We, Egyptians, are no strangers to a little bit of army-loving. It is not uncommon in other nations as well, but we have always taken it a little bit too seriously. Everything in our history says so, from depictions of King Narmer gripping a war prisoner by the hair, raising his arm to stab him with a dagger, to the large number of children named after presidents and famous military generals, to many other things we have been known for that only serve to prove that our love to for the army is limitless.
Which makes us wonder, how come no one noticed that this love is slightly unnatural, borderline obsessive and not at all platonic? Not even when women swooned and fawned over Sisi, saying things from “marry me” to “I’ll take a hit for you”? Not even when most men made statements land-mined with sexual innuendos? No one put the television on mute, sat up and looked at their friend and said “It doesn’t sound like they love the army. It sounds like they’re in love with the army”? We are certain that some did, and in case they did not want to broach the subject, we have taken it upon ourselves to do exactly that.
If we trace this back, most will pause at the Nasser era and point there, proudly saying “I found where it started!” which makes sense, considering his technique of embedding loyalty to the state’s army as he embedded loyalty to the state itself. Nasser was also charismatic and the people loved him – in a way that makes the Sisi frenzy reminiscent of the 1960s. However, this is only how the neo-army-love spread. If you think about it, this has been going on for ages.
No, really, this is not an exaggeration. In the beginning of the article we’ve mentioned Egyptian Pharaoh Narmer’s depiction during the war. This is not an isolated incident, but in fact a traditional depiction for kings in Ancient Egypt. A king was portrayed in the midst of war as much as he was depicted in royal processions because if he fights for his country then he must be worthy of our respect, right? Never mind the fact that he is also doing it for himself, seeing that he is a king and all. And in case of modern-day army, it really is his job. He is not doing us a favor.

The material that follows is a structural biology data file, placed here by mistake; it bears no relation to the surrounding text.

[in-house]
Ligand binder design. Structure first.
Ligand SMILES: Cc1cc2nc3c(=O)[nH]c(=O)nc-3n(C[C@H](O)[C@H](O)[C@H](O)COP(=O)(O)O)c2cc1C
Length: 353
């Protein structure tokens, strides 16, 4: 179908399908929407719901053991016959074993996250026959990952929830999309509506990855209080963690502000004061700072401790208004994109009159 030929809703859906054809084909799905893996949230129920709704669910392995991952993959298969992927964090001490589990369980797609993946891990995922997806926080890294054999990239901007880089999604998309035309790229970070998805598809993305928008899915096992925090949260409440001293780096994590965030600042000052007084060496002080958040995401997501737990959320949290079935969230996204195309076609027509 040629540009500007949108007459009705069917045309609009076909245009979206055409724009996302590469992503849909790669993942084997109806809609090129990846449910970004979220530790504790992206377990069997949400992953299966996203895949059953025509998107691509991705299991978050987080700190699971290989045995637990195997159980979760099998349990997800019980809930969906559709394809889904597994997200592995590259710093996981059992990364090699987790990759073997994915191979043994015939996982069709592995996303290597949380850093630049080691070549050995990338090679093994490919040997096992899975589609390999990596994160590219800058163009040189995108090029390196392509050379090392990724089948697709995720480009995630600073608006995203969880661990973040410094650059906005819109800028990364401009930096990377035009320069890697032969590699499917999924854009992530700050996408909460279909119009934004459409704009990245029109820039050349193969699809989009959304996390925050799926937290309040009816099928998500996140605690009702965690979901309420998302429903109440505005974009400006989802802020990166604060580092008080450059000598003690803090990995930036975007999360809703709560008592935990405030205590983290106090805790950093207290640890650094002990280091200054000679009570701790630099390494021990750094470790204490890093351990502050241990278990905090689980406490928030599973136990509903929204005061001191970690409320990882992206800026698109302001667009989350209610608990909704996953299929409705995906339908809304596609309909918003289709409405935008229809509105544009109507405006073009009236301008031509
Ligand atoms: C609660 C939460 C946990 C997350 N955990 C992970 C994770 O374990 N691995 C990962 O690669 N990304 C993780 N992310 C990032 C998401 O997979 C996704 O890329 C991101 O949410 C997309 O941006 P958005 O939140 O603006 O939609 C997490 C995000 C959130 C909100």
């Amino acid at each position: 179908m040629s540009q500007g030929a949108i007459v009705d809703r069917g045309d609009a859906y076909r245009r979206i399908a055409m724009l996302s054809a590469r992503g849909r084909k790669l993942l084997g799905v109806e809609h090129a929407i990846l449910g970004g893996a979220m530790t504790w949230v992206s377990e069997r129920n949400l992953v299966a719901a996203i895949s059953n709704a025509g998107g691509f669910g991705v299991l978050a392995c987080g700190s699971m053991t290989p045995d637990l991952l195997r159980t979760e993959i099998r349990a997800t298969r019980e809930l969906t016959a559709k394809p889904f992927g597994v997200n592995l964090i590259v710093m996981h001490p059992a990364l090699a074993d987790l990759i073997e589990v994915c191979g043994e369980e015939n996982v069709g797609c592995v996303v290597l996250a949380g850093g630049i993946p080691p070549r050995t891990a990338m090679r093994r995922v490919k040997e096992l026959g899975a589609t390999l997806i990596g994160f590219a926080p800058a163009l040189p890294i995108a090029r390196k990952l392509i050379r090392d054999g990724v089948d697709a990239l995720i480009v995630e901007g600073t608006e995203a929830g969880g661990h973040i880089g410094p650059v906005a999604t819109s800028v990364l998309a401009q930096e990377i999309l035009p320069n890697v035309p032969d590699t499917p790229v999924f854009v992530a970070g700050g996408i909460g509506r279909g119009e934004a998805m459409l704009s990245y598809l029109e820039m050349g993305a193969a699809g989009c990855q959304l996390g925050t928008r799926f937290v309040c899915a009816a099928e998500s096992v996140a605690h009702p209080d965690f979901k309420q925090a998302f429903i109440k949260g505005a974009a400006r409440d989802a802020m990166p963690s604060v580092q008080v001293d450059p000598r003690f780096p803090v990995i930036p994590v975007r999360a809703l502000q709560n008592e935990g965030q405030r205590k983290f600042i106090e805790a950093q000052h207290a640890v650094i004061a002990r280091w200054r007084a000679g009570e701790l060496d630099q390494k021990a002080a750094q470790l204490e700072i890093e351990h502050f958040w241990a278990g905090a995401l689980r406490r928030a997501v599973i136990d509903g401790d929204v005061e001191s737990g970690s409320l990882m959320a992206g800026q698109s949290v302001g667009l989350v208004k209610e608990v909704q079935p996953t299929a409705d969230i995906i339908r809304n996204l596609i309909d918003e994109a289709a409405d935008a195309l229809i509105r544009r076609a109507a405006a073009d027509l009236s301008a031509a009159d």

No! How dare you say that? The army protects us!
This damsel-in-distress syndrome can be explained. The people of Egypt’s overt obsession with any man in a military suit and the right to bear arms possibly stems from the fact that Egypt has gone through so many wars that they always feel some sort of gratitude towards the army. This gratitude was taken and amplified ten fold during Nasser’s reign, transforming into what can only be classified as a fetish. Mind you, Egyptians have been tormented by military rule – both figuratively and literally – ever since for over 60 years. Still, this does not stop them from having an immense love for the same military whose rule has taken the country to where it is now. Even when the army was shooting at protesters point blank only two years ago, people refused to believe, citing the timeless phrase “our army would never do that”.
This can only mean one thing, that what started during Nasser’s reign as a harmless fetish has developed into serious masochism as the military’s rule grew more sadistic. The people not only accept a military rule that oppressed them, drained the country’s economic and natural resources, never gave them their basic human rights and imprisoned anyone who stood up against them, but are now begging for its return.
The irony of it strikes us when we realize that most Egyptians wouldn’t know what masochism is unless they are given a classic example, like Hassan Abdeen’s character in Darb ElHawa. Only thing is; the form of masochism Egyptians are portraying is much more violent and dark. It is the sort of masochism that involves extreme torture and restraint. It makes you wonder, just how well did 50 Shades of Grey sell in Egypt? Not that we will ever know something like that. You see, we can’t handle the truth.
Picture this if you well, Egyptians are in a dark room, iron chains in a tight grip around their necks, wrists and ankles, the crack of a whip and the tormenting buzz of an impending electric shock are heard in the background. You would think they’re scared but they couldn’t possibly feel safer. The women will still hang pictures of Sisi in their homes and men will praise him for being a man. Not that we mind whatever inclinations they may have, to each his own, but what will happen to those who are simply not masochists?